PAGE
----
These Are the Most Haunted Places in NYC
New York City is full of weird, unexplained activity — and no, we’re not talking about the odd smell that comes out of the subway. There’s paranormal activity all around the city, all you have to do is know where to look.
New York has been the site of many battles dating back before the American Revolutionary War, and it has had a long and storied history since.
From Manhattan to Staten Island, there are unexplained and mysterious sightings in historic buildings that you still visit today.
Here are some of the most haunted places in New York City’s five boroughs.
Morris Jumel Mansion
The Morris Jumel Mansion is the oldest house in Manhattan. It was built in 1765 by Colonel Roger Morris as a summer house for his wife. It sat on about 135 acres of land that is now Washington Heights. The family abandoned their house when the American Revolutionary War broke out, and General George Washington moved in, making it his headquarters in the fall of 1776. After the war, the estate was confiscated and sold to cover war debts. It served as a tavern before being abandoned and then later used by Washington — then the president — to hold his first Cabinet dinner in 1790.
In 1810, Eliza and Stephen Jumel —she from New York and he a merchant from the south of France — bought the mansion. But after Stephen’s suspicious death, Eliza remarried none other than Aaron Burr, the former vice president who killed Alexander Hamilton, according to Curbed New York.
Since the 1960s, rumors that the house is haunted have plagued it. Sightings have included a group of schoolchildren (who were reportedly told to be quiet by the ghostly image of Eliza), a talking grandfather clock, and a Hessian soldier emerging from paintings on the wall, according to Curbed.
Much of the land was sold by the 1880s, but you can still visit the mansion from Tuesday through Sunday.
Merchant's House Museum
This 19th century house was built on East 4th Street, once an exclusive suburb of New York City. In 1835, just three years after it was built, the house was purchased by hardware merchant Seabury Tredwell, whose family continued to live there for nearly 100 years — and some say they never left, according to the Merchant’s House Museum.
One of Tredwell’s daughters, Gertrude, was born in the upstairs bedroom and lived in the home her entire life until she died in 1933 at the age of 93. Since then, staff, volunteers, visitors, and even people passing by the house have reported “strange and inexplicable happenings,” including sounds, smells, and sightings.
The house, which has been a museum since 1936, was designated as a New York City Landmark in 1965 at the first meeting of the newly formed Landmarks Preservation Commission. It was designated as a National Historic Landmark the next year.
The museum now offers monthly ghost tours on the third Friday of each month between January and July, and events “to die for” leading up to Halloween.
St. Mazie Bar & Supper Club
Today, this Williamsburg bar serves up live music and oysters and offers a supper club experience in the basement. But during Prohibition, it was a speakeasy, according to FREEwilliamsburg. And staff have reported glasses breaking mysteriously and chairs moving with no explanation.
We can’t say if there’s paranormal activity, but we can say their Mexican Firing Squad cocktail with tequila, fresh lime, house-made grenadine, and Angostura bitters sounds delicious.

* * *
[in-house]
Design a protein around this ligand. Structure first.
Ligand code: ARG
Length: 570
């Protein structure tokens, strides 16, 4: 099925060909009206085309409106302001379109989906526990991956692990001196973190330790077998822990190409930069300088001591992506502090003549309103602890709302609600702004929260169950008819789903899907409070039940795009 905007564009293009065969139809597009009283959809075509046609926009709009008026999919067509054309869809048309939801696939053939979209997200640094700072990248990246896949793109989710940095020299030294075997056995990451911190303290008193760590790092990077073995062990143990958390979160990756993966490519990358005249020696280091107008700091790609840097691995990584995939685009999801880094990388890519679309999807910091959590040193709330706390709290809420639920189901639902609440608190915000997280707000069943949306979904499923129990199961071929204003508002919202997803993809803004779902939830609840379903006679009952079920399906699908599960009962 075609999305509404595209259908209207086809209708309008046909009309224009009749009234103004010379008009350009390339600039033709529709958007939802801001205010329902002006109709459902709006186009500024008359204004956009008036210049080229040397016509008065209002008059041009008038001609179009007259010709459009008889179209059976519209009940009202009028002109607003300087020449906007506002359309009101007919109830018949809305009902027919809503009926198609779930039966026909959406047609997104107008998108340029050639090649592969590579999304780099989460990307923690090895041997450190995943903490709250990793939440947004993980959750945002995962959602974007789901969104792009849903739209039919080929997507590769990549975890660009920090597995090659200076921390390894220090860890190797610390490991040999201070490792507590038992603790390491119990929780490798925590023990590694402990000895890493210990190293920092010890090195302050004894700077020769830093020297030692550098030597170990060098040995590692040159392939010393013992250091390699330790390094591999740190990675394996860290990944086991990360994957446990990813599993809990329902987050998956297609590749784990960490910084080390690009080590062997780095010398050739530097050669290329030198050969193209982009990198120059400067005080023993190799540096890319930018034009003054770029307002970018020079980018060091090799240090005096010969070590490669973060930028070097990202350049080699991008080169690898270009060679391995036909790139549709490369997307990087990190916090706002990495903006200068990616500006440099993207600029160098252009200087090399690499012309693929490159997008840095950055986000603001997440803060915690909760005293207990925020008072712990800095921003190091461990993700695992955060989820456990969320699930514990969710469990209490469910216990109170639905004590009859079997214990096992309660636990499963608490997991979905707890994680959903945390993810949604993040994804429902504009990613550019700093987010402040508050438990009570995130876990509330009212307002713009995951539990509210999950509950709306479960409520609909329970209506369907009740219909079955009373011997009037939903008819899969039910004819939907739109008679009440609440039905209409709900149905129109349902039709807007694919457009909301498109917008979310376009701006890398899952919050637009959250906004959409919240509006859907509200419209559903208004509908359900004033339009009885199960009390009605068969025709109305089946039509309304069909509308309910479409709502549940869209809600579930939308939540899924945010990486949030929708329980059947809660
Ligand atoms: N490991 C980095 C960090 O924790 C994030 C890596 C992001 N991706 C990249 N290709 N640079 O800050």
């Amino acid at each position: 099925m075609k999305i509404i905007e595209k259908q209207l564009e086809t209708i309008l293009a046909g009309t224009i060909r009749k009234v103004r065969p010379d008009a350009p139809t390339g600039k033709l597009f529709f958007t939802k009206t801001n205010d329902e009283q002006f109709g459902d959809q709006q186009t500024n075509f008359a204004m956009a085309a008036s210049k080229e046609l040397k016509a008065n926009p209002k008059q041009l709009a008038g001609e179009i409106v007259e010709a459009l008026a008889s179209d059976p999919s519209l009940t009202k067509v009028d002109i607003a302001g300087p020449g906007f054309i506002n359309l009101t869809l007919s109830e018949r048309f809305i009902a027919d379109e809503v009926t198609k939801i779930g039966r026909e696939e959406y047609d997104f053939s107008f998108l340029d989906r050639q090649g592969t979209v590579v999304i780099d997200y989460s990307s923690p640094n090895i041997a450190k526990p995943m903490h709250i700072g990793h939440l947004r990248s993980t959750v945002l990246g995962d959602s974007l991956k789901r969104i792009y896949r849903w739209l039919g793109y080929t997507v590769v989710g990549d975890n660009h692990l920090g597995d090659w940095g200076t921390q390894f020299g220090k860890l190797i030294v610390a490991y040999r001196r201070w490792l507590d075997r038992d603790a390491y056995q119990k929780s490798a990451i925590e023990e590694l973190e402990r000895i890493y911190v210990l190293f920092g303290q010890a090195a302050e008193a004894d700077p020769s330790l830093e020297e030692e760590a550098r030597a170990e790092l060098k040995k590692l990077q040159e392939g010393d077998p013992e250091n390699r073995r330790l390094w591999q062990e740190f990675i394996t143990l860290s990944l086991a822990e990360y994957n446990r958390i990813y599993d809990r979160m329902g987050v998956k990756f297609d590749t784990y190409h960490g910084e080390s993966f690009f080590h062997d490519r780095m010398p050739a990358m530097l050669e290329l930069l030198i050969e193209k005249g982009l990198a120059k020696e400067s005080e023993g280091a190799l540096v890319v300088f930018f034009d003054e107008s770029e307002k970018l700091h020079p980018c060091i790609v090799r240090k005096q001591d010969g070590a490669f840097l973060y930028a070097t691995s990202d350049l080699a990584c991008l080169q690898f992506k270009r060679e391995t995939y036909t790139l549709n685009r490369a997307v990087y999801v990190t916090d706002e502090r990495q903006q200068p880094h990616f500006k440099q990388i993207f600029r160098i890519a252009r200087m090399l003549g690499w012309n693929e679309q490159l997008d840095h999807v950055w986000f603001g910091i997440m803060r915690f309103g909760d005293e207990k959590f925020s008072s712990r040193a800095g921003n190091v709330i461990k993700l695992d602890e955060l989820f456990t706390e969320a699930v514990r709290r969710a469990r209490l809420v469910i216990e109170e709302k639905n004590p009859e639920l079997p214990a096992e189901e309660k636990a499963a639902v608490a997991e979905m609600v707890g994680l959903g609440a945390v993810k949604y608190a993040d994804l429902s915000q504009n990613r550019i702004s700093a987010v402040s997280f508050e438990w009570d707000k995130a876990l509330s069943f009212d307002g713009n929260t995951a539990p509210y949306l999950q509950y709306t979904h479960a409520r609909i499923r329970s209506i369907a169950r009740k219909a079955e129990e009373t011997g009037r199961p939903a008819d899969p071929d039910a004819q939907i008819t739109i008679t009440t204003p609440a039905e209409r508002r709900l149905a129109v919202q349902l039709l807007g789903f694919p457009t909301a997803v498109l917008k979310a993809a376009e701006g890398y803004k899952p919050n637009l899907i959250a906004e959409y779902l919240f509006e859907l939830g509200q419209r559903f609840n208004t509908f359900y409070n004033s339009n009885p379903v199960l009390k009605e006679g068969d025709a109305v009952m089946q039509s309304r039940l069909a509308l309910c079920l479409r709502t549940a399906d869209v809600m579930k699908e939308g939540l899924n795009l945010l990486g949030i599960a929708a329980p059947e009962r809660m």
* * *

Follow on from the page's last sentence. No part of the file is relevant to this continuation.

Flushing Quaker Meeting House
The Flushing Quaker Meeting House, in what is today Flushing, Queens, was first built in 1694 and may be the oldest house of worship in New York, according to the Flushing Meeting of the Religious Society of Friends. The National Historic Landmark building has been visited by several famous people in our nation’s history, including George Washington and William Penn.
But, in 1884, an article in The Brooklyn Daily Eagle reported someone dressed in white with “an old style sword hanging at its side.” According to the article, “this spook moves along quietly and interferes with nobody.”
Today, the Meeting House still serves as a place of worship. And while we can’t promise you’ll see that eerie figure, you can visit every Sunday at noon for a tour.
Van Cortlandt House
Construction on this Georgian-style house started in 1748 by Frederick Van Cortlandt. The house was built on land his family had owned and farmed since 1691, but Frederick died before the building was completed. The structure was used by George Washington, Jean-Baptiste de Rochambeau, and Georges Washington Louis Gilbert de La Fayette during the Revolutionary War and was eventually sold to the City of New York in 1887. It opened as a museum a decade later.
For years, people have reported seeing dolls walking about, doors that close on their own, and experienced the feeling of being touched, according to The Riverdale Press.
Today, the museum is the oldest surviving building in the Bronx, and — if you’re brave — you can visit Tuesday through Sunday.
The Historic Old Bermuda Inn
This mansion, now an event venue and bed and breakfast, was built in 1832 by the Mesereau family, according to USA Today. Years later, Martha Mesereau is said to have died of a broken heart after her husband was killed during the Civil War. According to reports, Martha still haunts the inn, with people saying they heard strange noises and that one of the lights on a chandelier never shuts off, even if the power is cut. Adding to the mystery, a portrait of Martha apparently caught fire and singe marks are still visible.
You can book a stay at one of the inn’s guest rooms or head there for their Sunday Champagne Brunch.